Lips pursed, face blushed, she avoids my eyes as she surrenders the credit card that pays my bail. Seven hundred fifty dollars for disturbing the peace. I suppose that’s an appropriate description of my transgression.
The drive home will take six hours. She stares at the road ahead and I stare out my window, neither saying a word. I press the bruises on my knuckles with my thumb. Idiot.
This is not our norm. For us, long rides like this are never silent, they are highly anticipated delights consisting of great conversations about everything and nothing, singing like we didn’t care, laughing; a shared intimacy like none I’d ever experienced before her.
Will we ever have that again? I close my stinging eyes and reminisce.
We had met at work fifteen years earlier, where she was the mature-beyond-her-years, sapiosexual siren and I was the charmingly immature, pseudo-intellectual older man. It took me over a year to work up the courage to ask her out, expecting rejection, or worse, ridicule. But she agreed to a date and immediately we clicked. Despite our difference in age, we had so much in common and she brought out the best, and helped me suppress the worst in me. I quickly realized she was the one—the love of my life, my soulmate.
The only place we didn’t click was in bed. Yes, I was older but older doesn’t always equate to more experienced and by then, my willing mind and soul were betrayed by my not always capable and poorly equipped body. With every fiber of my being I wanted to rock her world, leave her breathless, body tingling, mind blown, but that was not our reality.
Not being able to sexually satisfy the love of your life is a soul ulcer. I suggested once, that she might be happier with someone else, a better lover, someone closer to her own age. She scoffed at that, assured me that the love we had was infinitely more important to her than any potential sexual gratification. We never spoke of it again.
I knew there was a chance she would eventually take a lover and if not for my insecurities, I would have wished that for her, perhaps paid for a skilled and beautiful man as a birthday present. So, after a dozen years of wedded bliss, I wasn’t completely stunned when I learned she had.
She was discreet and I feigned obliviousness. The quickly deleted text, the hotel directions on the second screen of her GPS, the Victoria Secret receipt that had fallen from her coat pocket for lingerie that never graced our home. It was rare, a once or twice a year event at most, over the course of the past three years.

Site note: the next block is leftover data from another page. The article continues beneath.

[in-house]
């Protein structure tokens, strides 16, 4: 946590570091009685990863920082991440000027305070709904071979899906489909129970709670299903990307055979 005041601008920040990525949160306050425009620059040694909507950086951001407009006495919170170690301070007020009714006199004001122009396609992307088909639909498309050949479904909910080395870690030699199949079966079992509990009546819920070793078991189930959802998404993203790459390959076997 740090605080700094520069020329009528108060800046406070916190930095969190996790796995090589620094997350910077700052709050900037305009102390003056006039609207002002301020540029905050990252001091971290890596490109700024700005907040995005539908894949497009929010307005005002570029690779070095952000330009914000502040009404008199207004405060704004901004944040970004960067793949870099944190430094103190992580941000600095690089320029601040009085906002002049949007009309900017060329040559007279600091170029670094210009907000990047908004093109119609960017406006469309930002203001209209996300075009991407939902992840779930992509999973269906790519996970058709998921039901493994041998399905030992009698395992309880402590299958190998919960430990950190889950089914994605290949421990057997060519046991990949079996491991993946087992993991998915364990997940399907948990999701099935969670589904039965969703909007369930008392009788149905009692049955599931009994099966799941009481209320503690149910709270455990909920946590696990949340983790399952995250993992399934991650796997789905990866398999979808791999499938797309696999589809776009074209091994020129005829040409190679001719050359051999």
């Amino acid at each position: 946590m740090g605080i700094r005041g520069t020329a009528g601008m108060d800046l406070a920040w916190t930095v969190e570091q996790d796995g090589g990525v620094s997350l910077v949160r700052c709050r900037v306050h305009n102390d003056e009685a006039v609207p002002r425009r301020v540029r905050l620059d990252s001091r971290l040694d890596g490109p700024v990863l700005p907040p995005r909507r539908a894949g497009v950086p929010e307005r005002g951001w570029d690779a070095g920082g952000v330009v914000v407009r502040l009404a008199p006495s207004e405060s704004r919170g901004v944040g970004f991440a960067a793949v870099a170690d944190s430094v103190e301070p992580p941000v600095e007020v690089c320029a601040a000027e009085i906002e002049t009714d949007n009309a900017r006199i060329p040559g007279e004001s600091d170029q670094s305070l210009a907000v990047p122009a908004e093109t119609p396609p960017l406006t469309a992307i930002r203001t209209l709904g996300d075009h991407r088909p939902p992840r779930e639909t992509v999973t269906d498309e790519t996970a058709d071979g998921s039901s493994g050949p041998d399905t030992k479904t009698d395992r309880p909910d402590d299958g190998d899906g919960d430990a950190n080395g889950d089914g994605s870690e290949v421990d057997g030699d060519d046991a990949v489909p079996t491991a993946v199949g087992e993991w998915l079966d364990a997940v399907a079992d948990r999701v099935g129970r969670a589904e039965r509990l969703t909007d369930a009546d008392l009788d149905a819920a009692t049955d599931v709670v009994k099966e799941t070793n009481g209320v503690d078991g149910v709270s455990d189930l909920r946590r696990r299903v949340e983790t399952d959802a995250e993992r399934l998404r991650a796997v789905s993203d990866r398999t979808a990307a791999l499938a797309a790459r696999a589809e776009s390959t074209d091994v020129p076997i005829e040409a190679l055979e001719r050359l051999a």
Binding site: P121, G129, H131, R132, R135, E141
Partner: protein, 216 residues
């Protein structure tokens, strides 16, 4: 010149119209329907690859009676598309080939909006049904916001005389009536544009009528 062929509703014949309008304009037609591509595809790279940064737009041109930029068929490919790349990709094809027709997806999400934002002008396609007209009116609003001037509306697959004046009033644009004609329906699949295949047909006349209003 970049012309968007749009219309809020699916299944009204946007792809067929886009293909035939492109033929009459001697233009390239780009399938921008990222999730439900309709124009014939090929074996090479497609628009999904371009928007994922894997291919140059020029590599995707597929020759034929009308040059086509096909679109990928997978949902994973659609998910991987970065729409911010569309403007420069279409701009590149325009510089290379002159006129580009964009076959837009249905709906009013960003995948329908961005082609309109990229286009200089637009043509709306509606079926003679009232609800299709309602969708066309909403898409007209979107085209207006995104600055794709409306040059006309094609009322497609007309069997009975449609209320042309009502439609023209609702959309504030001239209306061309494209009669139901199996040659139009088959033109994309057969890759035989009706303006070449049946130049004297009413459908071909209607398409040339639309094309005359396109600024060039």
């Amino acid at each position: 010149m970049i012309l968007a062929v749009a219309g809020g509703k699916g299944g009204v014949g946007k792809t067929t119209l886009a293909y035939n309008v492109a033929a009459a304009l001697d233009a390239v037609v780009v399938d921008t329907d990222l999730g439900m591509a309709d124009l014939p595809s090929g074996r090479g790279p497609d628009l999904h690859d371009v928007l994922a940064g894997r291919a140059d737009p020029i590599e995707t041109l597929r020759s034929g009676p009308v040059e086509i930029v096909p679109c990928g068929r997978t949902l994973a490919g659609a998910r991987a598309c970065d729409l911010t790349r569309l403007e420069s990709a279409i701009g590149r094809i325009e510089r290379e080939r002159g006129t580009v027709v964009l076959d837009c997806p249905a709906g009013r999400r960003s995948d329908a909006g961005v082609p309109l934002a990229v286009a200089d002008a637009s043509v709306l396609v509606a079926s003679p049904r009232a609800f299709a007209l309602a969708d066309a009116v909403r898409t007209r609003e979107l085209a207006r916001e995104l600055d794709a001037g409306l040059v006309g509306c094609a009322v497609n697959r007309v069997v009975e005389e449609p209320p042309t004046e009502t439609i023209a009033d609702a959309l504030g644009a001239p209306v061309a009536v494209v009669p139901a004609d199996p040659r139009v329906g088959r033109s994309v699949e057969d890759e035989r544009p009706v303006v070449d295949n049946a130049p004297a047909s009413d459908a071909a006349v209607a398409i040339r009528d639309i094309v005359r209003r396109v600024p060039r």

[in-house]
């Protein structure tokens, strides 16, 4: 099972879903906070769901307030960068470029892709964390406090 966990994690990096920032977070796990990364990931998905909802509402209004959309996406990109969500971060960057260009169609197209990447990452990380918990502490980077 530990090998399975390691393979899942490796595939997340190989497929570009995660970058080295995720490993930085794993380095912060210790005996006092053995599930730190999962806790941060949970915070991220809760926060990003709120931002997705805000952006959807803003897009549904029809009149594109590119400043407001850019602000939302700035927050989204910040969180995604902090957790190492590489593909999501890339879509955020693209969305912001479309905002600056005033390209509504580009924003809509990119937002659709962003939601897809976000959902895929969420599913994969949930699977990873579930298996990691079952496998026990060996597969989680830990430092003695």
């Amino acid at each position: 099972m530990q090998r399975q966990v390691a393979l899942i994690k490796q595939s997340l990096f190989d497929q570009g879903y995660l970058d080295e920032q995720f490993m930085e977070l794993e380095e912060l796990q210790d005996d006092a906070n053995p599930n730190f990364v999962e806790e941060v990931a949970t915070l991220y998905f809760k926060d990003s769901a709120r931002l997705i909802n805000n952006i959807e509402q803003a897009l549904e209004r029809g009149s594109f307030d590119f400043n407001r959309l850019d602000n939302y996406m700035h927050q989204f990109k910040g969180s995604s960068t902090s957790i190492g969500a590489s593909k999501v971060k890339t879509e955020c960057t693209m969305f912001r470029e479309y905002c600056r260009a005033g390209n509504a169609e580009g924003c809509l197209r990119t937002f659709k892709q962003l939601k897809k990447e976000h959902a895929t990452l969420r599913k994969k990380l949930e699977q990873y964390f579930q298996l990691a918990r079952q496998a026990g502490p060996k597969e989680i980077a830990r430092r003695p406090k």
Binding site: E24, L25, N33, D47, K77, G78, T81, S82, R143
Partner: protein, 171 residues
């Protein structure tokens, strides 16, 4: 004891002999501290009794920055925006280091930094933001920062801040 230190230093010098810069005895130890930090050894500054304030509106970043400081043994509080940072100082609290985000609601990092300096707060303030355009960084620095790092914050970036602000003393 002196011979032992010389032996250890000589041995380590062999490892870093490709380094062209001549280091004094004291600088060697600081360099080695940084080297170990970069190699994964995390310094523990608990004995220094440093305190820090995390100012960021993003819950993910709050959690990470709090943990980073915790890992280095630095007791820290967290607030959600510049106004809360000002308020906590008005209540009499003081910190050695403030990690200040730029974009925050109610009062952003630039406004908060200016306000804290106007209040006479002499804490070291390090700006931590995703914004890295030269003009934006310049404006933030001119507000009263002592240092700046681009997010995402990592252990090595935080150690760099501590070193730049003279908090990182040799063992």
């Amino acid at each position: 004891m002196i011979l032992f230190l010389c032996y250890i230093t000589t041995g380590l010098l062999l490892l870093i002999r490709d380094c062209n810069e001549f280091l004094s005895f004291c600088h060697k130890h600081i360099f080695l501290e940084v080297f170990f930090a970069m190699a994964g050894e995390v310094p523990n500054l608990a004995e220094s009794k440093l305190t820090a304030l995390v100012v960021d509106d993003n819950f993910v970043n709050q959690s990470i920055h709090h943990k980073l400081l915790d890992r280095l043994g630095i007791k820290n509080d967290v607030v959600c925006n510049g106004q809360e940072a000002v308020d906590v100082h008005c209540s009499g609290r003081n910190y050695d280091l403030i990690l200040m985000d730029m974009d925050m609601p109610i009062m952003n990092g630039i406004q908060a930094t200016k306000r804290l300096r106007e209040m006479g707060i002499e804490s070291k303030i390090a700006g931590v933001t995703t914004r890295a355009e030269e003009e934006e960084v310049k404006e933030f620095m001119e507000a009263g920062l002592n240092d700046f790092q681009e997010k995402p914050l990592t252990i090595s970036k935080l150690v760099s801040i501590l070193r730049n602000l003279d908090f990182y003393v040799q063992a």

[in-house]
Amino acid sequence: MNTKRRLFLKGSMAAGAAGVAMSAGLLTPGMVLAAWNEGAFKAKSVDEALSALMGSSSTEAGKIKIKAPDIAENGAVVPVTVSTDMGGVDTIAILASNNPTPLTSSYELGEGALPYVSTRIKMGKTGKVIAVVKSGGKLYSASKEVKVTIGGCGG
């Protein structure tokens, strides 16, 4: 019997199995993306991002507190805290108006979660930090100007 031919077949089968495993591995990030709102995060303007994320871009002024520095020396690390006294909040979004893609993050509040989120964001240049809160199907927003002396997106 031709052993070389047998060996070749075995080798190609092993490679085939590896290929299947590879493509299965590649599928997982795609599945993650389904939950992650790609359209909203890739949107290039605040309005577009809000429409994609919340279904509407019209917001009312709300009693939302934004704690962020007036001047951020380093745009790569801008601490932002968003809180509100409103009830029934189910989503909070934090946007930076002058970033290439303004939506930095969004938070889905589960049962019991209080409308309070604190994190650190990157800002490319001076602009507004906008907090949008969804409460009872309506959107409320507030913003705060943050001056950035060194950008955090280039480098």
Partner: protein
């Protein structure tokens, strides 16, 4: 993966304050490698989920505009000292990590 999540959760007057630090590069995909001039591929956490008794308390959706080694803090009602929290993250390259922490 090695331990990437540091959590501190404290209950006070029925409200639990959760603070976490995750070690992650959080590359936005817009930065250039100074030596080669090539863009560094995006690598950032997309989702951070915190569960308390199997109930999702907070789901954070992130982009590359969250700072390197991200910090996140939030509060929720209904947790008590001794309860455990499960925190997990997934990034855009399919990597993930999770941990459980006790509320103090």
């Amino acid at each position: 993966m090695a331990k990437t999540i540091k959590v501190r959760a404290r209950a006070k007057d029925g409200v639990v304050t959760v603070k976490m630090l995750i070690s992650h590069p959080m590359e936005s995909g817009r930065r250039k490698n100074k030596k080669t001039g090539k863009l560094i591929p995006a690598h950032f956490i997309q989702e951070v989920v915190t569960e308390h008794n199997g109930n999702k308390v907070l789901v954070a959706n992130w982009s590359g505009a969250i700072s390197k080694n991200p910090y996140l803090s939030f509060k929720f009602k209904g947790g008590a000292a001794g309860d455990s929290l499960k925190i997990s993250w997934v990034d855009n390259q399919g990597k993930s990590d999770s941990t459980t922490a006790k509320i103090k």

Did it hurt? More than anything I had experienced. Did I let that change our life? Absolutely not. So long as she kept it compartmentalized… Men did this thing all the time, why couldn’t she?
One day she came home, ran past me and locked herself in the dark bedroom, pillow-muffled sobs escaping beneath the door. She refused to speak to me or to eat and I felt helpless and confused.
She’d left her phone in her purse on the kitchen table, and while not normally one to pry, I had to look for clues. A text message from her best friend asking, Are you okay? Is there anything I can do for you? I scrolled up and saw the notice of his death. Forty-year old businessman, no history of medical issues dies unexpectedly of massive heart attack. The love of my life was grieving over the loss of her lover.
Head spinning, chest tightening, I broke into a sweat and ran to the commode. Hours later, having recovered from the physical effects, I tried once again to get her to come out of our room, or to let me in so we could talk. She refused. The crushing heartache was unbearable, and for the first time, I questioned my place in her life. How could the brief and occasional physical pleasure mean more to her than our love?
I found the address of the funeral home online. Without hesitation, I paid a ridiculous amount for a plane ticket and off I went, on a quest to learn about this man that had committed the unforgivable sin, this man who had broken her heart.
I slipped in through a side door, circulating the fringes of the room, watching the slideshow delivered on a 70-inch monitor while catching whispered conversations between old college pals and work associates. I was stunned by the incongruences of the two. Slideshow images displayed a family man, father of twin boys, a loving husband, kissing his beautiful wife, smiling couple on vacation, backyard barbeques with friends—the All-American family. Whispered conversations about the charmer with “bimbos” in every town, a modern “Trail of Tears,” the “fuck-em and forget-em king,” as if this was an accomplishment to be admired.
This is so wrong. This is the guy she’s mourning? This incogitant ass didn’t love her; his world didn’t revolve around her. This fucking piece of shit did not earn a single of my wife’s tears. The rage was overpowering. I strode past the grieving widow, looked down into the casket and punched that sonofabitch in the face a half-dozen times, cursing over the screams of those gathered, before being subdued.
We pull into the driveway and she shuts off the car but neither attempts to leave. Her shoulders shake and tears run down her cheeks. I catch her tears with my fingers and sob-whisper, “I’m sorry.”
She takes my hand and tenderly kisses the bruised knuckles. “Me too.”
Operations Manager by day and daydreamer by nature, Tom co-authored the anthology, “Nine Lives,” and is the winner of The Sunlight Press 2017 Spring Fiction contest. He is grateful and honored that his work has appeared in notable publications such as Porridge Magazine, Dodging The Rain, Five2One Magazine, Figroot Press, Occulum, The Ginger Collect, Fictive Dream, Deracine, and The Cabinet of Heed. When not reading or staring at the Ohio River, Tom works on his writing